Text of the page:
Blasim writes some of the most gut-wrenching violence I’ve seen in print, but it’s usually an afterthought. What horrifies you instead are Blasim’s details, and the effects of violence on personal relationships and individual identities. When the narrator of “The Reality and the Record” gets kidnapped and taken to a strange house where his captors nearly kill him, the outstanding detail—for the narrator and for readers—is the smell of grilled fish coming from a different room. In “The Iraqi Christ,” the transformation that comes over a suicide bomber before he detonates himself is more chilling than the explosion itself.
His features changed to reveal another face, as though he had taken off a mask. He grasped the flap of his jacket and pulled it aside like someone baring his chest.
“It’s an explosive belt. One word from you and I’ll blow myself up.”
In Blasim’s Iraq, everyday citizens unwittingly become the agents of terrible destruction. The suicide bomber in “The Iraqi Christ” forces a bystander to switch places with him, and the bystander becomes the bomber. The narrator of “The Reality and the Record” is an ambulance driver who gets kidnapped and forced to play a role in the video transmissions of revolutionary factions. The story turns almost comical as it describes how casually the terrorist’s videos are produced, and how seriously they are interpreted around the world.
Throughout the year and a half of my kidnapping experience, I was moved from one hiding place to another. They shot video of me talking about how I was a treacherous Kurd, an infidel Christian, a Saudi terrorist, a Syrian Baathist intelligence agent, or a Revolutionary Guard from Zoroastrian Iran. On these videotapes I murdered, raped, started fires, planted bombs, and carried out crimes that no sane person would even imagine. All these tapes were broadcast on satellite channels around the world. Experts, journalists, and politicians sat there discussing what I said and did.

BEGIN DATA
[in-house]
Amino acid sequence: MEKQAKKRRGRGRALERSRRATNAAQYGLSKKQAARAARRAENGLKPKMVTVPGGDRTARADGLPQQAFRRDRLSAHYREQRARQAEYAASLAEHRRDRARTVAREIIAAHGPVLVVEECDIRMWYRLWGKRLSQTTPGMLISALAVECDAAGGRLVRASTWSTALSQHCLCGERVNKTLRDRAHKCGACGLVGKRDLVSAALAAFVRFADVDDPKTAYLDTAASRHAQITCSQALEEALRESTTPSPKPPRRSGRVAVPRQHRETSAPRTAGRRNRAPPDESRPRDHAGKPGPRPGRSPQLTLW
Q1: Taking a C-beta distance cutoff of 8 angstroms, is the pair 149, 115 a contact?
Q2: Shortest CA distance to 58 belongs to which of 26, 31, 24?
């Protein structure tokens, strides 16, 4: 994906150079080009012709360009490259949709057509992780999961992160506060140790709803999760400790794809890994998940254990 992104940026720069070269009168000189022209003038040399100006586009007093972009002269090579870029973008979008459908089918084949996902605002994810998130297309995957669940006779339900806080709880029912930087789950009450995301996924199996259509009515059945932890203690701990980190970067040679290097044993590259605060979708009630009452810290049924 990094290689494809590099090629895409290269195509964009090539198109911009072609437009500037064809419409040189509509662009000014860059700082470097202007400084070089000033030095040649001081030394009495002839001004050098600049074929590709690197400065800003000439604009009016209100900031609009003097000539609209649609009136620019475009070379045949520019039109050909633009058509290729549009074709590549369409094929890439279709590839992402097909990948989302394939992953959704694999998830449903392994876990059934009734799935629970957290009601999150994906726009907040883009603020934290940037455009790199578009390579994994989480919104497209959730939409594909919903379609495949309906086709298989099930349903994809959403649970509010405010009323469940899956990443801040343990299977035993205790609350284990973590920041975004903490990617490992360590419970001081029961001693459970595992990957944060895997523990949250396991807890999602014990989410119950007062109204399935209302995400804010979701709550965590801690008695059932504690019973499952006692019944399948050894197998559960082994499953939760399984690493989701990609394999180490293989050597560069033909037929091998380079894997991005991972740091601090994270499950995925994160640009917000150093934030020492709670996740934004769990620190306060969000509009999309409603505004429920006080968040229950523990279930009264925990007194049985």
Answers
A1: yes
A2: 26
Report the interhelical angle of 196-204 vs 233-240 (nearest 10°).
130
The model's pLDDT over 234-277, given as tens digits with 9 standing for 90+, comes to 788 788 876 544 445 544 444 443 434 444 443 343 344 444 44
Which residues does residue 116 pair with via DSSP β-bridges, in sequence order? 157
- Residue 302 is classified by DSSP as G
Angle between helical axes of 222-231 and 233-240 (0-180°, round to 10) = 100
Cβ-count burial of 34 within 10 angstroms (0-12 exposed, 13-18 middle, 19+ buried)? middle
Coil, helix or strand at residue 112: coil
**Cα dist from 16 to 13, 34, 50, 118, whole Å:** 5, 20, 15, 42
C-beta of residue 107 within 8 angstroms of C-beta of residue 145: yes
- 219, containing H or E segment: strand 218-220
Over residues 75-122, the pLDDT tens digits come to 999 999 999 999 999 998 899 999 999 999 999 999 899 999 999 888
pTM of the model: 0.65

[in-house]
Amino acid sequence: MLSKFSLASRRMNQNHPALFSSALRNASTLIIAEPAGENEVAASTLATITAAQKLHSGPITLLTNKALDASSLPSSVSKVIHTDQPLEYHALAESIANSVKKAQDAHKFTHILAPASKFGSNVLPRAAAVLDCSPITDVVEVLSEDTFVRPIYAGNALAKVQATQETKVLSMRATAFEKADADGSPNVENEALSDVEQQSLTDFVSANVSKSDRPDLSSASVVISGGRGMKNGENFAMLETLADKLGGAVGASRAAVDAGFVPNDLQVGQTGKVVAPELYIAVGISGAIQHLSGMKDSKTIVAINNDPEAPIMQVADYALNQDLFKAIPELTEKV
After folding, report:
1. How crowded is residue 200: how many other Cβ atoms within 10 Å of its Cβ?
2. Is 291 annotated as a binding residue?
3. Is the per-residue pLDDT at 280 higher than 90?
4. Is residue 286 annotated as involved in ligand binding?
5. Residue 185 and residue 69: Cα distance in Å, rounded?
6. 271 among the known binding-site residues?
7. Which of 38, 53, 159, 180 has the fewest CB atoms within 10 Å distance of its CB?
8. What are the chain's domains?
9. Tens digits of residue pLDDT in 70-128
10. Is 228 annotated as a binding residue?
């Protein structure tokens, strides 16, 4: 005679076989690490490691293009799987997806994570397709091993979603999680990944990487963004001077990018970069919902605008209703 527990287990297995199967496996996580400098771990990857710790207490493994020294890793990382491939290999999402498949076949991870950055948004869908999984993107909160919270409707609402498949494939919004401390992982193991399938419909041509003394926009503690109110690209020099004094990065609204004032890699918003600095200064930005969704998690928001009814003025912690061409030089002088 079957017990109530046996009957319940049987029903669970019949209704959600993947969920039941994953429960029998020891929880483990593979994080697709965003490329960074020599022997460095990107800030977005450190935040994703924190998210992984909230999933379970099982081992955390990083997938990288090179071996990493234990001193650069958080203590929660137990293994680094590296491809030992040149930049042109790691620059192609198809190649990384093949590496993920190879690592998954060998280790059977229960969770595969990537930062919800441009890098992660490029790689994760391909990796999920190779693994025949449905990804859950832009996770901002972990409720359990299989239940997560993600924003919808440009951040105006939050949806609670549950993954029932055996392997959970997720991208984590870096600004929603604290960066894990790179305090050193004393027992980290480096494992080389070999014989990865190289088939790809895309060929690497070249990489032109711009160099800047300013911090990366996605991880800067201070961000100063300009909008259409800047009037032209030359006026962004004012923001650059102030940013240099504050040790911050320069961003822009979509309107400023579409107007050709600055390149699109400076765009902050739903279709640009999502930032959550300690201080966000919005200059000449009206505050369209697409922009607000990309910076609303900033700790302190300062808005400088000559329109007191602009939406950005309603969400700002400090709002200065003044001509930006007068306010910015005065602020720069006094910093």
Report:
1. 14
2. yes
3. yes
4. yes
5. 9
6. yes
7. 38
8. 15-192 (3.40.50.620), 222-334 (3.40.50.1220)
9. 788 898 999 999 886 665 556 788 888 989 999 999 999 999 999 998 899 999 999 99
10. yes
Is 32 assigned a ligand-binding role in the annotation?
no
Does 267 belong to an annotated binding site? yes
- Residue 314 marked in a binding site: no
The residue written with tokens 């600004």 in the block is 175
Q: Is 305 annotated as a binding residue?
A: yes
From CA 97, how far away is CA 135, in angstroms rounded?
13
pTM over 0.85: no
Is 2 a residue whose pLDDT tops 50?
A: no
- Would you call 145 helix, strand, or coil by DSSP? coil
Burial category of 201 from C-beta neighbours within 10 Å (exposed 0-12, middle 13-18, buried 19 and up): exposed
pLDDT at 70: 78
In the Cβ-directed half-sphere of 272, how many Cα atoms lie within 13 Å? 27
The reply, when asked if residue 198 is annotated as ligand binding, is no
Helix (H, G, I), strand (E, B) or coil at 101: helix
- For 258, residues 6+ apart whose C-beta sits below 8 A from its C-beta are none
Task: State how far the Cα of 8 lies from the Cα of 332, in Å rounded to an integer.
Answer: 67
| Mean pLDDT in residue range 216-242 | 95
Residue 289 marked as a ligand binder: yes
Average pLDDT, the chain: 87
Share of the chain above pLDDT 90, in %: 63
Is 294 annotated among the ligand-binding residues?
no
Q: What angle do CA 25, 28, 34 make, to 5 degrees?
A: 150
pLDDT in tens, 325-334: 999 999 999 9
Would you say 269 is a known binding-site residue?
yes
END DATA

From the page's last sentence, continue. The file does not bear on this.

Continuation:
No one seems to be a villain in these stories, but everyone is implicated in the bloodshed. Your grandmother is just as likely to have blood on her hands as the local terrorist commander—or you, for that matter. To be admirable in Blasim’s stories you don’t have to be innocent; you just have to try and defend your sanity and your individual identity. Marwan, a character in “Crosswords,” is typical of this ongoing struggle. He survives a suicide blast at his office, only to be haunted by visions of the policeman who died at the scene. Marwan’s identity and the policeman’s fuse together, with appalling psychological results.
Although the translation is rough at times—I don’t envy anyone who translates from Arabic—The Corpse Exhibition is shocking, urgent, vital literature. I will be surprised if another work of fiction this Important, with a capital I, gets published all year. If you’re human, and you are even remotely aware that a war was recently fought in Iraq, you ought to read The Corpse Exhibition.
The last five words in The Corpse Exhibition are “like a sun in hell.” Whether you love this book or not may come down to how you feel about a simile like that. Does it strike you as overkill? Or might it be precisely the kind of overkill that describes the horror of living through a house-by-house war in your hometown? If the latter, then Blasim should hang a sign that says MISSION ACCOMPLISHED.
– Brian Hurley